Acknowledgments
Supported by National Institutes of Health Contracts P30-EY008098 and UL1-TR000005 (Bethesda, Maryland, United States); BrightFocus Foundation Grant G2013077 (Clarksburg, Maryland, United States), Eye and Ear Foundation (Pittsburgh, Pennsylvania, United States); and Research to Prevent Blindness (New York, New York, United States). 
Disclosure: L.C. Ho, None; I.P. Conner, None; C.-W. Do, None; S.-G. Kim, None; E.X. Wu, None; G. Wollstein, None; J.S. Schuman, None; K.C. Chan, None 
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Figure 1
 
(a) Time profiles of IOP in the microbead-induced ocular hypertension rat model from the day of microbead injection (day 0) to 3 weeks after microbead injection (day 21) to the anterior chamber of the right eye. (b) Measurements of IOP immediately before MRI experiments on adult rats receiving microbead-induced chronic ocular hypertension (MB, n = 8) or topical administrations of latanoprost (Lat, n = 6), timolol maleate (Tim, n = 6), brimonidine tartrate (BT, n = 6), and saline sham control (Sal, n = 6) to the right eyes. Microbead occlusion to the right eye significantly elevated IOP by approximately 2-fold compared to the untreated left eye starting at approximately 1 week after microbead injection up to the end of the experimental period at 3 weeks postinjection. Topical administration of latanoprost, timolol, and brimonidine to the right eyes for approximately 1 hour significantly lowered IOP, whereas no apparent effect on IOP was observed upon topical administration of saline (paired t-tests between contralateral eyes, *P < 0.05, **P < 0.01, ***P < 0.001).
Figure 1
 
(a) Time profiles of IOP in the microbead-induced ocular hypertension rat model from the day of microbead injection (day 0) to 3 weeks after microbead injection (day 21) to the anterior chamber of the right eye. (b) Measurements of IOP immediately before MRI experiments on adult rats receiving microbead-induced chronic ocular hypertension (MB, n = 8) or topical administrations of latanoprost (Lat, n = 6), timolol maleate (Tim, n = 6), brimonidine tartrate (BT, n = 6), and saline sham control (Sal, n = 6) to the right eyes. Microbead occlusion to the right eye significantly elevated IOP by approximately 2-fold compared to the untreated left eye starting at approximately 1 week after microbead injection up to the end of the experimental period at 3 weeks postinjection. Topical administration of latanoprost, timolol, and brimonidine to the right eyes for approximately 1 hour significantly lowered IOP, whereas no apparent effect on IOP was observed upon topical administration of saline (paired t-tests between contralateral eyes, *P < 0.05, **P < 0.01, ***P < 0.001).
Figure 2
 
Representative T1-weighted Gd-enhanced MR image of both eyes temporally averaged at approximately 1 hour after intraperitoneal Gd injection from the saline sham control group, showing basic rat eye anatomy (anterior chamber [AC], vitreous body, and lens) and definitions of regions of interest (ROIs) in the anterior chamber and vitreous (yellow). Hyperintensity was observed in the anterior chamber but was not apparent in the vitreous because of the entrance and accumulation of the small-molecular-weight Gd contrast agent via the highly permeable blood–aqueous barrier but not the aqueous–vitreous or blood–retinal barrier.
Figure 2
 
Representative T1-weighted Gd-enhanced MR image of both eyes temporally averaged at approximately 1 hour after intraperitoneal Gd injection from the saline sham control group, showing basic rat eye anatomy (anterior chamber [AC], vitreous body, and lens) and definitions of regions of interest (ROIs) in the anterior chamber and vitreous (yellow). Hyperintensity was observed in the anterior chamber but was not apparent in the vitreous because of the entrance and accumulation of the small-molecular-weight Gd contrast agent via the highly permeable blood–aqueous barrier but not the aqueous–vitreous or blood–retinal barrier.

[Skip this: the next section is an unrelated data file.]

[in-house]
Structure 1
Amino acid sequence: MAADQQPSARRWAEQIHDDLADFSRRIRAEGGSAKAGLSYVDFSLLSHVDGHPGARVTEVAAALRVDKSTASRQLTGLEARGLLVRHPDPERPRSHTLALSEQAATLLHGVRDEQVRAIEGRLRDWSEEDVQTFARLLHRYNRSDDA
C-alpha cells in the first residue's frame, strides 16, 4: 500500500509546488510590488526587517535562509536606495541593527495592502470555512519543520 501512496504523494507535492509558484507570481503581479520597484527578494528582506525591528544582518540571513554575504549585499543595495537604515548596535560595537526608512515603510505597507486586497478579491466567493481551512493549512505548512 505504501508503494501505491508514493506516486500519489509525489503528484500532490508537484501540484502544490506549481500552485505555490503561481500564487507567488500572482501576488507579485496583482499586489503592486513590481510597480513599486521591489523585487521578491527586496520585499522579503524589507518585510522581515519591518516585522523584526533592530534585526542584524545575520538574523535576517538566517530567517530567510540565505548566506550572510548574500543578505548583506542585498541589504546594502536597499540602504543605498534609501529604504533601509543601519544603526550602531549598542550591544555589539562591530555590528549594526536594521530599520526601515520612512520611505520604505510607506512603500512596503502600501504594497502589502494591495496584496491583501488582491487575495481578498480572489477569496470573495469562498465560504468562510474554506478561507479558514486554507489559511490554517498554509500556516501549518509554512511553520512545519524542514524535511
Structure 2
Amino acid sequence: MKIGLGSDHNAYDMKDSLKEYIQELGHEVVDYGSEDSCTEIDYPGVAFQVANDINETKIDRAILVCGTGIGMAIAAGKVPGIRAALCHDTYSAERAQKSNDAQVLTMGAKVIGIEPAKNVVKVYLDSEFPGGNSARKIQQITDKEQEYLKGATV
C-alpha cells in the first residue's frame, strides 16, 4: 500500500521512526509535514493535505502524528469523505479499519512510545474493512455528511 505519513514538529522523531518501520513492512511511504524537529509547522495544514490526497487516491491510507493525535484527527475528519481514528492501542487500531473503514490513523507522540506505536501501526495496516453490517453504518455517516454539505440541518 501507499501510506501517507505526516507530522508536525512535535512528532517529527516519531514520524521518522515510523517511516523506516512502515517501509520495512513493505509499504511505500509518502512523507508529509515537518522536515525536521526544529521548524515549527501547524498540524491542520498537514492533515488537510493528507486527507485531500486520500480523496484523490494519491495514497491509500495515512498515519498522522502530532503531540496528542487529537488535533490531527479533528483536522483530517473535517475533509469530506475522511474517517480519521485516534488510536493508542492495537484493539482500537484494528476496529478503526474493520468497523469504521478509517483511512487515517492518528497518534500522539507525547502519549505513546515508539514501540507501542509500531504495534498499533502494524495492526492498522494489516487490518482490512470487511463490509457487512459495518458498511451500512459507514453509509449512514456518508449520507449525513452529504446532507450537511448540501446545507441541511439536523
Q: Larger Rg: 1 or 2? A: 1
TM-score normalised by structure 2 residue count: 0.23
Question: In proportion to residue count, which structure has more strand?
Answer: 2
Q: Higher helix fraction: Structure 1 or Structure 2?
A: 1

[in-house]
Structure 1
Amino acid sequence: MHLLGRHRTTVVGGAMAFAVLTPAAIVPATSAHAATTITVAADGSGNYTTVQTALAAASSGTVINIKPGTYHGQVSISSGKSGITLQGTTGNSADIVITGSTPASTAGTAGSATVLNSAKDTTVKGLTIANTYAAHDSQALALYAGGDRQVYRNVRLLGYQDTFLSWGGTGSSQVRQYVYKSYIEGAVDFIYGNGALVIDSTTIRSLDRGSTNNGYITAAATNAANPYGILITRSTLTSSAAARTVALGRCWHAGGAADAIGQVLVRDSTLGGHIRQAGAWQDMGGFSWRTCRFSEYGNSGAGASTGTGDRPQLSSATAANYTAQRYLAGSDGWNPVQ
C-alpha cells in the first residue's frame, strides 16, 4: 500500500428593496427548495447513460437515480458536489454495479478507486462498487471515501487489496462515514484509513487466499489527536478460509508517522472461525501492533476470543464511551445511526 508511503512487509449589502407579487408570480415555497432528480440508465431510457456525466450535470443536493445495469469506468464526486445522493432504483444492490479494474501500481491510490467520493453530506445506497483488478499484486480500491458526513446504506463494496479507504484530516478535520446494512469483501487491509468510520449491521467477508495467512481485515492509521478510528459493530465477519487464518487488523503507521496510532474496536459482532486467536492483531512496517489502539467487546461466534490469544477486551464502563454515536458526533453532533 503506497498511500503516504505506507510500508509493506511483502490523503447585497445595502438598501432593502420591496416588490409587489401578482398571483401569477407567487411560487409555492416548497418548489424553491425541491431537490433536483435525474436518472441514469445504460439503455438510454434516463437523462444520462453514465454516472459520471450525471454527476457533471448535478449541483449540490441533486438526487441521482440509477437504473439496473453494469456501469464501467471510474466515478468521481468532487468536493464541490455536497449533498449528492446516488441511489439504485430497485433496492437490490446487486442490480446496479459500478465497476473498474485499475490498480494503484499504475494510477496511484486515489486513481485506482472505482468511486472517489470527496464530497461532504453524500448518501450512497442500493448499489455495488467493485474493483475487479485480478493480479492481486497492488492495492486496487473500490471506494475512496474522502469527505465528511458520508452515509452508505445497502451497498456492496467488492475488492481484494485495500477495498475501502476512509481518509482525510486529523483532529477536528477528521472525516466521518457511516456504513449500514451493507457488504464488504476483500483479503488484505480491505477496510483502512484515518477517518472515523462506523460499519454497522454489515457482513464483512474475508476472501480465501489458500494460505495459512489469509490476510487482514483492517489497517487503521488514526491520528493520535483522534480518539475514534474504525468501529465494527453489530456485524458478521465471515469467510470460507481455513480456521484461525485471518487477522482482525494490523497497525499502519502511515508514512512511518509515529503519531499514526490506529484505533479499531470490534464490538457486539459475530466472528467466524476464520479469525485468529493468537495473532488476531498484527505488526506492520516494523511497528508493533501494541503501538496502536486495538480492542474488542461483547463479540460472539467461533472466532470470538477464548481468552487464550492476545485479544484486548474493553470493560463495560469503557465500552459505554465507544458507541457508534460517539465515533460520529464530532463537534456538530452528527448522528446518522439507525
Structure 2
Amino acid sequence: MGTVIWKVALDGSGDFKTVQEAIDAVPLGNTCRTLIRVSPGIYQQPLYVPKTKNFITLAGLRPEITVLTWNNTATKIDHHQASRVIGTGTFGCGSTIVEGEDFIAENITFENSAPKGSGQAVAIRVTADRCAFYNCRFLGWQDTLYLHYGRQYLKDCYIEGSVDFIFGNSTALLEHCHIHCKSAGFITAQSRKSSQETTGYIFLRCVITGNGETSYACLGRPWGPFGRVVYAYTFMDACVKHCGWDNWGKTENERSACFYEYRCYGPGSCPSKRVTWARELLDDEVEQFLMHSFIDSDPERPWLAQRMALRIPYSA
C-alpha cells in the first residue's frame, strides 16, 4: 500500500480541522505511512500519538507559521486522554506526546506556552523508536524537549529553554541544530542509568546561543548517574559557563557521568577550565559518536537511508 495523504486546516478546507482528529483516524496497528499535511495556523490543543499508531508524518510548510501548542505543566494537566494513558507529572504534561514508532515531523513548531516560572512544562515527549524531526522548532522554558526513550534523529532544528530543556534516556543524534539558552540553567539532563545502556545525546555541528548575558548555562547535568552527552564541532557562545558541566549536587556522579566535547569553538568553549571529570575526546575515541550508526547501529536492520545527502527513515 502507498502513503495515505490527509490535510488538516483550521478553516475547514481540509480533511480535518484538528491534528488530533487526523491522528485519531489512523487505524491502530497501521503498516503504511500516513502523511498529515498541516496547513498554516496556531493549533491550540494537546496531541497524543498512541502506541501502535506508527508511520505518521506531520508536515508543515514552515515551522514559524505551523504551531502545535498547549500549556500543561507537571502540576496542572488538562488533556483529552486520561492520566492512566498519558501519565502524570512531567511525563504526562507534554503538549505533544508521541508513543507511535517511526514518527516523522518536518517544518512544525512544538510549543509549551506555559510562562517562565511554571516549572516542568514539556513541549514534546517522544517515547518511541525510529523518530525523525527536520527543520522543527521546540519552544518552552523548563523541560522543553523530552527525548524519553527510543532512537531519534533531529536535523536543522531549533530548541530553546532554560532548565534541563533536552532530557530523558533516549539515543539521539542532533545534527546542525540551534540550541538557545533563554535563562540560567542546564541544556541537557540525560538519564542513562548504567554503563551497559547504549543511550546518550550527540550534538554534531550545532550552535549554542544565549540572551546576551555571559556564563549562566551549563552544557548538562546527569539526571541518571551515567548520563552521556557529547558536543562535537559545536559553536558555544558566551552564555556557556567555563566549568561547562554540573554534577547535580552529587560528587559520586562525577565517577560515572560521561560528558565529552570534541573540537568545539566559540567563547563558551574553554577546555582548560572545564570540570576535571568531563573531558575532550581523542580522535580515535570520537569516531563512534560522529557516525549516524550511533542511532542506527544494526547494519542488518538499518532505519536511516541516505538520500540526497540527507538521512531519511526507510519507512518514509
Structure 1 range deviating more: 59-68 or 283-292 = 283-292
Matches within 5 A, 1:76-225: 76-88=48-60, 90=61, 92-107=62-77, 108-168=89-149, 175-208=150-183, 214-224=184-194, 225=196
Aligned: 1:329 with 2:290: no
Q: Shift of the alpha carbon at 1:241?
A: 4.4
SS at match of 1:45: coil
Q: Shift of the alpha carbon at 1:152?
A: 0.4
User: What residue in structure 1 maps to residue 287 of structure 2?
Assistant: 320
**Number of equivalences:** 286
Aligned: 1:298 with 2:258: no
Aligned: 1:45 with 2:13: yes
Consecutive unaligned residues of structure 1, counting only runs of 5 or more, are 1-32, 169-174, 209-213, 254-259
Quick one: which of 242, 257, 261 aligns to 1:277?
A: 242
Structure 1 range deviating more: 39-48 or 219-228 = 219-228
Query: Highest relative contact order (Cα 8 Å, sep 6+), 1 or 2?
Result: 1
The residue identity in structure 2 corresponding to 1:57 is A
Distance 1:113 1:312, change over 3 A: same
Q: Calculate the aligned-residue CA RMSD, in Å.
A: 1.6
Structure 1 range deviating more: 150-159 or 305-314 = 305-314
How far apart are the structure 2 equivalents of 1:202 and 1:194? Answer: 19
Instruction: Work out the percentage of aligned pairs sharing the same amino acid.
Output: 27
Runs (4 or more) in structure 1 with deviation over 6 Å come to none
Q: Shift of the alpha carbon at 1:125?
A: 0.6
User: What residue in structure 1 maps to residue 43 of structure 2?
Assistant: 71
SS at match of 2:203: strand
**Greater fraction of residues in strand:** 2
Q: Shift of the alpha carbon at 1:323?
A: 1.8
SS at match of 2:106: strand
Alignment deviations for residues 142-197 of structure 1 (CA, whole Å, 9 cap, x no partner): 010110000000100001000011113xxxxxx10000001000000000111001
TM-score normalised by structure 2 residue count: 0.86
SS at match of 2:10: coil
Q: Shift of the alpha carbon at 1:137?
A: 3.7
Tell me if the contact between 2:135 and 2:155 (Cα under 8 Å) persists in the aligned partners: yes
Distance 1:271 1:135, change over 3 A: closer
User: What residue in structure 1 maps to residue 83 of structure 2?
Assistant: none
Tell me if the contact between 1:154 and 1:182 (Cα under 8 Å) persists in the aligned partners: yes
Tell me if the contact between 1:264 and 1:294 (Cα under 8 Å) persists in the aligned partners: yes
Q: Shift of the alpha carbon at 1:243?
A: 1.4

Figure 3
 
Serial T1-weighted Gd-enhanced MR images of both eyes temporally averaged at nine different time intervals from the saline sham control group, showing differential spatiotemporal Gd enhancement profiles in different ocular components. Upon systemic Gd administration, Gd entered the bloodstream and passed the blood–aqueous barrier but not apparently the aqueous–vitreous or blood–retinal barrier. As Gd diffused and followed aqueous humor flow, it accumulated in the anterior chamber (arrows), resulting in increasing T1-weighted MRI signal enhancement within the first hour after Gd administration.
Figure 3
 
Serial T1-weighted Gd-enhanced MR images of both eyes temporally averaged at nine different time intervals from the saline sham control group, showing differential spatiotemporal Gd enhancement profiles in different ocular components. Upon systemic Gd administration, Gd entered the bloodstream and passed the blood–aqueous barrier but not apparently the aqueous–vitreous or blood–retinal barrier. As Gd diffused and followed aqueous humor flow, it accumulated in the anterior chamber (arrows), resulting in increasing T1-weighted MRI signal enhancement within the first hour after Gd administration.
Figure 4
 
Mean fitted time courses of percentage (%) change in T1-weighted Gd signal enhancement in the anterior chamber (AC) and vitreous body of each eye in microbead-, latanoprost-, timolol-, brimonidine-, and saline-treated groups after systemic administration of Gd at 0 minutes. Qualitative evaluation revealed that the time course for the treated right anterior chamber in the microbead group skewed leftward with a higher peak intensity compared to the untreated left anterior chamber. There was also a mild Gd signal enhancement in the right vitreous relative to the left vitreous of the microbead group at approximately 2 hours after Gd injection. The Gd signal time courses for the treated right anterior chamber of the latanoprost and timolol groups skewed rightward with a lower peak intensity compared to the untreated left anterior chamber. For the brimonidine group, both left and right anterior chamber time courses possessed the strongest peak Gd signal enhancement and the longest time to peak compared to other groups. No apparent differences were observed in the saline control group between contralateral eyes or in the left control eyes between microbead, latanoprost, and timolol groups.